We’re excited to launch Semgrep Secrets, our secrets detection and remediation product that enables security teams to detect sensitive credentials in code that other solutions miss while integrating directly within the developer workflows. Semgrep Secrets is an addition to the product suite of Semgrep Code (SAST) and Semgrep Supply Chain (SCA), both of which are powered by the Semgrep Cloud Platform, which guarantees consistently high-quality findings.
The credentials to an organization's systems and data are prime targets for malicious actors. The repercussions of such keys falling into the wrong hands are severe—massive data leaks, unauthorized access to sensitive systems, and damage to the organization's reputation.
Secrets detection using Semantic Analysis
Unlike any other secrets scanner, Semgrep Secrets can reason about how data is used within your code. Traditional scanners are limited by regex capabilities and can’t leverage any form of data-flow analysis for detecting secrets which results in a lack of prioritization of results and missed coverage. Let’s look at a couple of examples to understand how Semantic Analysis works.
In this first example, Semgrep detects the hardcoded credential on Line 8. This credential is likely to get picked up by most scanners as the word ‘password’ is a common keyword regex scanners look for.
Example 1 of Semantic Analysis
However, just detecting the word ‘password’ can result in quite a bit of noise; comments, random variable names, and test code are common areas where that keyword may be present but just the existence of the word ‘password’ does not mean a credential is present. The organizations we’ve spoken to ended up disabling these generic checks entirely because of the noise.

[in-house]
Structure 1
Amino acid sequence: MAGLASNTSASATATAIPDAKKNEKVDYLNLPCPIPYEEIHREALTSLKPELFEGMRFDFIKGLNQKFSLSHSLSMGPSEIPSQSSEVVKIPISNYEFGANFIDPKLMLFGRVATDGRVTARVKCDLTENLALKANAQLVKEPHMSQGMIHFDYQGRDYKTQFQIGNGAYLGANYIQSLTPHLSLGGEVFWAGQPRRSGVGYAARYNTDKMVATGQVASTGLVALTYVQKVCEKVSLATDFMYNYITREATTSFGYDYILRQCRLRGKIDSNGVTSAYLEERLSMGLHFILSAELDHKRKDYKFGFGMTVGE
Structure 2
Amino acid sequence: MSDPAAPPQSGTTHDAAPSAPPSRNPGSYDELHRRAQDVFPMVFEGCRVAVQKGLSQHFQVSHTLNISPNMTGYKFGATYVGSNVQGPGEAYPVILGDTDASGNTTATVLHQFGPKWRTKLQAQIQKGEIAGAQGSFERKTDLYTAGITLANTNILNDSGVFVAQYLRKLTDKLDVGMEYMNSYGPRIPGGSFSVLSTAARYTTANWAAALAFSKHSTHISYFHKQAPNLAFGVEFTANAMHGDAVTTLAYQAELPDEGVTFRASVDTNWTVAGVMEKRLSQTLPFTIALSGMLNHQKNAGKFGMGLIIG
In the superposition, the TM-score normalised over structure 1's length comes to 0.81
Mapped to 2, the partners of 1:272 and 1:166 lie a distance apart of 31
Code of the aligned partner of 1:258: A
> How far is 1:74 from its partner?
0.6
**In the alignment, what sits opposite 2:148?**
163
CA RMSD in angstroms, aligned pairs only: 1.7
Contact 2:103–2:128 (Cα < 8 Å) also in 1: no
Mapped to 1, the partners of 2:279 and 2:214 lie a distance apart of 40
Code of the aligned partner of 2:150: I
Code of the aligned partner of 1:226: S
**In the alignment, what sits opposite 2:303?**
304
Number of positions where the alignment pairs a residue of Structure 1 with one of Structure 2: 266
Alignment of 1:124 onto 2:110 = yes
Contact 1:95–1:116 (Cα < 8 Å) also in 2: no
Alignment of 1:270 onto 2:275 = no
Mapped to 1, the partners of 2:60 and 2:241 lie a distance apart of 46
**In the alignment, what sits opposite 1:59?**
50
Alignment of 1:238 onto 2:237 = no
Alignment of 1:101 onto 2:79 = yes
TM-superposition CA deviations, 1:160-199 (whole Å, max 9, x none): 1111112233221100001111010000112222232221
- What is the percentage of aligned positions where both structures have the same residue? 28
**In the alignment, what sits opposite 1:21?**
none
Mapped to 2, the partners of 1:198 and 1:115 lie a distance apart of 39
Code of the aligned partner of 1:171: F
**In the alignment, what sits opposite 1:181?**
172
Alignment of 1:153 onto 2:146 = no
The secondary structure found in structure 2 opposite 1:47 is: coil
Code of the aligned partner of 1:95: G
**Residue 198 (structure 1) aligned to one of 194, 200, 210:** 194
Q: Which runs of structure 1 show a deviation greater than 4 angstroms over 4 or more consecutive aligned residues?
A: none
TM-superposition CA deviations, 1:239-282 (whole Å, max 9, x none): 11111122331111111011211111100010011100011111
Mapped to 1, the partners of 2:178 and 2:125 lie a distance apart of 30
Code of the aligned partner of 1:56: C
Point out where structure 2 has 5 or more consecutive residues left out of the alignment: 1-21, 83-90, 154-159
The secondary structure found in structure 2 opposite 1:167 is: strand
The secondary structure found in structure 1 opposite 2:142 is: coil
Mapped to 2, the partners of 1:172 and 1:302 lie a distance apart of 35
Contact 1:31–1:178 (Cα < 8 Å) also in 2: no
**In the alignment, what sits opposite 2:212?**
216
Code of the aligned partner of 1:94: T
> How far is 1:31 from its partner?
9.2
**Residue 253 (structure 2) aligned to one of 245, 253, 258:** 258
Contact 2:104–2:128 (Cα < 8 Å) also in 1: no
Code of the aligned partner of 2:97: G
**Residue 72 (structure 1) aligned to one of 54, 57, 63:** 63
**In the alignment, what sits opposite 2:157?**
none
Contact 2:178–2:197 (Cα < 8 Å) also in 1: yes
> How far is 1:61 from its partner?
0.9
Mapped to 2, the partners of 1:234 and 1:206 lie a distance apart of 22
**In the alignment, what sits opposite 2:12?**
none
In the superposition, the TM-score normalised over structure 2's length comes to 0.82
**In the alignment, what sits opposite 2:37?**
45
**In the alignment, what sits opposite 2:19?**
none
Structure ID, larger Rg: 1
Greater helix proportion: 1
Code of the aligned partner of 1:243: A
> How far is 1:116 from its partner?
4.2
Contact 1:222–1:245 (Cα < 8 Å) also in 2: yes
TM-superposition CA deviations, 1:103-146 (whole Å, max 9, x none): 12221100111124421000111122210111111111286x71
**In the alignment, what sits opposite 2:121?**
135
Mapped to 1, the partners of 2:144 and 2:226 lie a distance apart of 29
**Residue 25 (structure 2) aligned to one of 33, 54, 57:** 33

Semgrep can understand code context to help teams prioritize even these generic checks. In the above example, Semgrep knows that
‘pg-pool’ in Line 8 is a common Postgres connection library. Semgrep can convey that not only did it detect a hard-coded credential on Line 8 but that it is part of a database connection being created in Line 3. For security teams, hardcoded database credentials likely rank higher in the list of priorities, giving teams the flexibility to filter down to these specific results and even surface these findings directly in developer workflows as pull request comments.
The next example shows how Semgrep can understand not only how MongoDB connections are made but also track the flow of sensitive data into the DB connection.
Example 2 of Semantic Analysis
Semgrep rules indicate that the second parameter passed into the MongoDB connection strings are passwords. Once Semgrep extracts the second parameter on Line 10, it looks to see whether this variable is a hardcoded string. Semgrep determines that
u.p is set to a hardcoded string and, therefore, flags Line 10 as a leaked secret. Line 13 is not flagged because Semgrep does not see
env.password123 as a hardcoded string anywhere in the file (Semgrep is able to look across file boundaries with the Pro Engine).